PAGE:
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I am working on a terrain in XNA/C#. My intention is to be able to render multiple textures on the ground across the terrain. However, all tutorials like this are only capable of doing it with about 3-4 textures.

My idea is currently that I create a texture map in TGA that has different colors (RGBA) where each color represent a particular texture. The amount of Alpha in the color describes how much alpha the vertex on the position should have. And there would be a base texture.

However, I am a newbie in this area so I really need some getting started guides. So far I've managed to found none. All tutorials and resources are limited in terms of how many textures they support even though all modern games have many.

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You may find our fine friends at GameDev are better able to help you with this. –  user7116 May 26 '11 at 18:17
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Be careful as texture sampling is a very costly operation, I think getting four textures on a terrain is plenty for most if any effects. What sort of graphical effect are you looking to implement? –  soshiki May 27 '11 at 4:37
    
Are you looking at adding decals? –  Neil Knight May 27 '11 at 7:33
    
You should maybe consider using a Texture Atlas. This will allow you to use 'more' textures while keeping to the fewer number using in the tutorials you have seen. –  3nixios May 27 '11 at 10:17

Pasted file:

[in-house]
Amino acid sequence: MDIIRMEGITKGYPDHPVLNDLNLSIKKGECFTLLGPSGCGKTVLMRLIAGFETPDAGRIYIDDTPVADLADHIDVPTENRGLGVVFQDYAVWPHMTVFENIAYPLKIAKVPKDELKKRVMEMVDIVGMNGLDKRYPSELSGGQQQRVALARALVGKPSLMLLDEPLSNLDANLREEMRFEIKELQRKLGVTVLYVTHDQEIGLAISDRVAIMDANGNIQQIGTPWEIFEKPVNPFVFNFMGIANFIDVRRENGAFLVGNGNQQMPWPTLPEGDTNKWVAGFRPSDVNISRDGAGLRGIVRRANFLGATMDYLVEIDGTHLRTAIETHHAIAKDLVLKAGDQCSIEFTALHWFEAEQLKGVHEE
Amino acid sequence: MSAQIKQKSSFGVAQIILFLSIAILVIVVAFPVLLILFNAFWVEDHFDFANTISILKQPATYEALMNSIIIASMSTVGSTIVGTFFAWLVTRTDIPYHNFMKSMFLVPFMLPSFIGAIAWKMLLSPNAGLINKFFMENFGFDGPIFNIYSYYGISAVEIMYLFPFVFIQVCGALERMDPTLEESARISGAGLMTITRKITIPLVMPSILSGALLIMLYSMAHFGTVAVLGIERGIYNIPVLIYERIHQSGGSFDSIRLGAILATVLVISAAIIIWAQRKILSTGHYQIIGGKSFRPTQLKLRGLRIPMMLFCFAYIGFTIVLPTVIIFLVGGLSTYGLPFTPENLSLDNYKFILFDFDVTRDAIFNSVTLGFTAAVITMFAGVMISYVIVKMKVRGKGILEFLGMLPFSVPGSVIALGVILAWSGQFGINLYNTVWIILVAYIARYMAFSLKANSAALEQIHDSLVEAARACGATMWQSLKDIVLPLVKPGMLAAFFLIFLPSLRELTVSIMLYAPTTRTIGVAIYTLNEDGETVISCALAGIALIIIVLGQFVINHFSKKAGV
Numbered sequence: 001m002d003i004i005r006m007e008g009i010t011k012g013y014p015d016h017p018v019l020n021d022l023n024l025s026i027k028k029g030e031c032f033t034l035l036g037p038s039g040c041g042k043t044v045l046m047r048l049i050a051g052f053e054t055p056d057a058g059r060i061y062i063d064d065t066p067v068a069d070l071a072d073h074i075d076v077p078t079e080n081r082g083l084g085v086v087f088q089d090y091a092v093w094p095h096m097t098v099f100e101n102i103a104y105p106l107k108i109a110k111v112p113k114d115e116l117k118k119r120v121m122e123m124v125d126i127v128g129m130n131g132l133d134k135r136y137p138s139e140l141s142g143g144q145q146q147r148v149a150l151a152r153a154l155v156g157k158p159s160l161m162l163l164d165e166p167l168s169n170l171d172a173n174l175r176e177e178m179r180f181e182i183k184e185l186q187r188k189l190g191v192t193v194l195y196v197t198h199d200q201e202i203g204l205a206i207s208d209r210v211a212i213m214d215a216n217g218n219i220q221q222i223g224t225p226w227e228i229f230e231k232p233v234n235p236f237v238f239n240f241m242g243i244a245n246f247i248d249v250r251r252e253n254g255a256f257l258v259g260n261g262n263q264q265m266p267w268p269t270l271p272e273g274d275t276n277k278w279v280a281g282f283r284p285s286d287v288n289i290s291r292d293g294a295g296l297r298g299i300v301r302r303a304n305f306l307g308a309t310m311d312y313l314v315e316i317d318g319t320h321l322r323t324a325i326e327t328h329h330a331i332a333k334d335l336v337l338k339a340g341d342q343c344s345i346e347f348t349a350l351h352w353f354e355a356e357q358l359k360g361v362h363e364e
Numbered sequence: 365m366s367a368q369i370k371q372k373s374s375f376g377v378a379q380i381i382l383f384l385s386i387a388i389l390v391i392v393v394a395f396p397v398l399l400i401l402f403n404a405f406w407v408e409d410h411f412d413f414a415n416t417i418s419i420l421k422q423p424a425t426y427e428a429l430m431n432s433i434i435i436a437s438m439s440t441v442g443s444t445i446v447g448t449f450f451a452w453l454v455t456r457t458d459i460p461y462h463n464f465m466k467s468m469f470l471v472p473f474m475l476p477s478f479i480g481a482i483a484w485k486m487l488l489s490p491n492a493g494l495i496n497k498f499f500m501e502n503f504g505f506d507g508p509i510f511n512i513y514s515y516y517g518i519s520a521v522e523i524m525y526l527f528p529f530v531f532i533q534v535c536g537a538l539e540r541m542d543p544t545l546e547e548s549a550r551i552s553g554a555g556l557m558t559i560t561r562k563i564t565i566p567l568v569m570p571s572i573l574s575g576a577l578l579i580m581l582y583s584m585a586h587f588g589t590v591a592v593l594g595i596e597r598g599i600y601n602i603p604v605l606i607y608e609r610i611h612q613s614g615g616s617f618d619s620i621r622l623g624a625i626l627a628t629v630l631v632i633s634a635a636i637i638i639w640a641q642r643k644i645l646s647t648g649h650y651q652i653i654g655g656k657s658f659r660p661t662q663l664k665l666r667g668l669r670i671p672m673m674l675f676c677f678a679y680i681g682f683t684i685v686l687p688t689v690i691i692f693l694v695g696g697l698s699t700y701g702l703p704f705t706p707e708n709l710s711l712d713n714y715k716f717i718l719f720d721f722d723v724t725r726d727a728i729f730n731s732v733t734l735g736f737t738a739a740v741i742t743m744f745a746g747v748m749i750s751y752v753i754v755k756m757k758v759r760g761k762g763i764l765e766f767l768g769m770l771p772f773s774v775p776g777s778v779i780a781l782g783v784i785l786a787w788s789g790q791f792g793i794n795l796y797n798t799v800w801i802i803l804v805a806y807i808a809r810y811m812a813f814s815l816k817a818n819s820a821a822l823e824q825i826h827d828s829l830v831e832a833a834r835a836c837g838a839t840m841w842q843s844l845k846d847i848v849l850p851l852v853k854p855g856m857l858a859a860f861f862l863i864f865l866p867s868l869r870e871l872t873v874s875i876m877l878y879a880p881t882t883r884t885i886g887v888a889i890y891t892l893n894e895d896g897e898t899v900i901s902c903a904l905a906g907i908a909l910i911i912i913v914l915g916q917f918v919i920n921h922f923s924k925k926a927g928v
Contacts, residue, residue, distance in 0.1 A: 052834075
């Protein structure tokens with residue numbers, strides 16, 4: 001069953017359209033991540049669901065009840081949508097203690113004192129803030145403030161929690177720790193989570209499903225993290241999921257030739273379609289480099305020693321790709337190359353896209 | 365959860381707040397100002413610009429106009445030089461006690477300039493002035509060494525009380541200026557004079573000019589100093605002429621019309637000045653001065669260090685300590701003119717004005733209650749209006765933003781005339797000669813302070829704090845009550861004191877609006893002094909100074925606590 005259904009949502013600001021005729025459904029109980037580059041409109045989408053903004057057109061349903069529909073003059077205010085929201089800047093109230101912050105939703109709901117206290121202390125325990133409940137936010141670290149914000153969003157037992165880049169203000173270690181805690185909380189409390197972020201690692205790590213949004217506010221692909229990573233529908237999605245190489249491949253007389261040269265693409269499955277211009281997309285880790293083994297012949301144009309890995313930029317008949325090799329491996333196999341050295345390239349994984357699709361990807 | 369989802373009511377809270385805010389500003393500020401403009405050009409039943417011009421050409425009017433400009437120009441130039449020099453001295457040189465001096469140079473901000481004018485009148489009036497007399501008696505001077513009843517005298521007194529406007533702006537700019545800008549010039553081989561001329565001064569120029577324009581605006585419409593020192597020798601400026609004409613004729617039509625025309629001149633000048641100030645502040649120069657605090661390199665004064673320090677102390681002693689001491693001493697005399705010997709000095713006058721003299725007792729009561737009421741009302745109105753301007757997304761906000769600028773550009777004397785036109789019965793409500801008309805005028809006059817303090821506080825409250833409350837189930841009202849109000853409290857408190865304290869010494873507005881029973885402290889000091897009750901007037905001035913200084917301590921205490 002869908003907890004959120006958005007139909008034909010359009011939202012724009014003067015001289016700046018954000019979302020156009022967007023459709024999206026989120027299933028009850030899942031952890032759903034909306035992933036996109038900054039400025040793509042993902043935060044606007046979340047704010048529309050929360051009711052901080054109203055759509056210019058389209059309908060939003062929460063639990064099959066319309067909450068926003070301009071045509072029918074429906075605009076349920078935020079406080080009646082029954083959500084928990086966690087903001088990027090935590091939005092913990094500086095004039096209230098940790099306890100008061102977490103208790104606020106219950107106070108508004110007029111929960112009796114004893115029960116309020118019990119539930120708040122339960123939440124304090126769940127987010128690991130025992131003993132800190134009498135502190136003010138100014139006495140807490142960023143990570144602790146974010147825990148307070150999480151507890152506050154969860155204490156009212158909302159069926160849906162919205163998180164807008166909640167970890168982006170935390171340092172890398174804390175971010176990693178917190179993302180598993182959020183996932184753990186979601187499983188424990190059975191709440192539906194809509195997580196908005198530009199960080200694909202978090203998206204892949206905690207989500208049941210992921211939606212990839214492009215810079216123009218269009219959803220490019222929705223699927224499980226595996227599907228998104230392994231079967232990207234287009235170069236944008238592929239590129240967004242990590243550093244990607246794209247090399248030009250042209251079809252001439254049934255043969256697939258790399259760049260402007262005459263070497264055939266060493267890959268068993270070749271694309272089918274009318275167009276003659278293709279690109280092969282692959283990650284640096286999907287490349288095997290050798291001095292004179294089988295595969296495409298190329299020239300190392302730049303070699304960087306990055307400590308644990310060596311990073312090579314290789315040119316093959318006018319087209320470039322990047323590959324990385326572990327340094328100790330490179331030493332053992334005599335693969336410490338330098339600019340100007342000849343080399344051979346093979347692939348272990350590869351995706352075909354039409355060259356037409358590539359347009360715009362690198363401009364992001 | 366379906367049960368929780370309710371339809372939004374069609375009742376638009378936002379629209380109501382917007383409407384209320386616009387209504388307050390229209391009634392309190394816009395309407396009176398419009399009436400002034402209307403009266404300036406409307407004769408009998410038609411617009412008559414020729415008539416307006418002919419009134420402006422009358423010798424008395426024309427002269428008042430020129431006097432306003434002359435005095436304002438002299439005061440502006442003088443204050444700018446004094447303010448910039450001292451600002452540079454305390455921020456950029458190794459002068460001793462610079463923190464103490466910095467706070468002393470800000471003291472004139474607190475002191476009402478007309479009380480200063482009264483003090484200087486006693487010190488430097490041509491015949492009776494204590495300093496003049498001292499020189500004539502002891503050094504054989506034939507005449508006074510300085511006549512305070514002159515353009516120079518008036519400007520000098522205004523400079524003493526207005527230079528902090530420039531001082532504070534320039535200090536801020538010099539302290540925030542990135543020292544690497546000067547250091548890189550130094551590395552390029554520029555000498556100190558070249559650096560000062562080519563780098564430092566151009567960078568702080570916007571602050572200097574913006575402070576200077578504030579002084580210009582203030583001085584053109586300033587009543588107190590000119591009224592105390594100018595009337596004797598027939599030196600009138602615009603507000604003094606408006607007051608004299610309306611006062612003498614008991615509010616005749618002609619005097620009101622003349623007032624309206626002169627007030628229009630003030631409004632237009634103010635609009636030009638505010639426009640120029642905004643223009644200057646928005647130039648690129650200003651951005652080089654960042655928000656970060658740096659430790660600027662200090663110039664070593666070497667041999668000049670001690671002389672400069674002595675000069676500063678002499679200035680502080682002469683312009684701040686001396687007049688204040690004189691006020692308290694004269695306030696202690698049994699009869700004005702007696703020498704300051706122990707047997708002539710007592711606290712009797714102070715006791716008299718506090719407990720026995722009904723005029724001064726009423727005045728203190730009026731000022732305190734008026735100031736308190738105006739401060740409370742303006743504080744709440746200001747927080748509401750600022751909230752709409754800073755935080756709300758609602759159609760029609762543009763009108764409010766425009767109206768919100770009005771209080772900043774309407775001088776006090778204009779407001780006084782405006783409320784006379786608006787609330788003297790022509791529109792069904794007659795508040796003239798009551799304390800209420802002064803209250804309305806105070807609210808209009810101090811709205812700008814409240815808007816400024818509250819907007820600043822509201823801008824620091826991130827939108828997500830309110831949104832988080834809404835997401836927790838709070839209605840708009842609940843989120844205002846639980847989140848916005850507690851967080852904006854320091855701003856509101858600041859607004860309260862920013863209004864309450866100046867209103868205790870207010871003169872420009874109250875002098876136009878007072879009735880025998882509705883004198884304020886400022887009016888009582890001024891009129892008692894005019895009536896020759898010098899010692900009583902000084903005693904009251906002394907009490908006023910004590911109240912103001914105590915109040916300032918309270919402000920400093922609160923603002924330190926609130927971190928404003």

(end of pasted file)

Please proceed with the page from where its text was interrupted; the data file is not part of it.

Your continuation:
1 Answer 1

Be sure you get your hands on this book: http://my.safaribooksonline.com/book/-/9781849690041/environmental-effects/ch07lvl1sec02

Sean describes a method here on defining a texture based on a colormap (i think this is what you're looking for). It's also illustrated with 4 textures or so, but once you figured this out, you'll be able to extend this to your requirements. Just define more colors, and more textures assigned to them. The problem with riemers' approach is that it's based on heights. It's a lot more difficult to render a path for example, especially when you're new to HLSL and XNA.

Let me know if this is the information you're looking for. It's a good book, even-though the sample don't always comply with each other.

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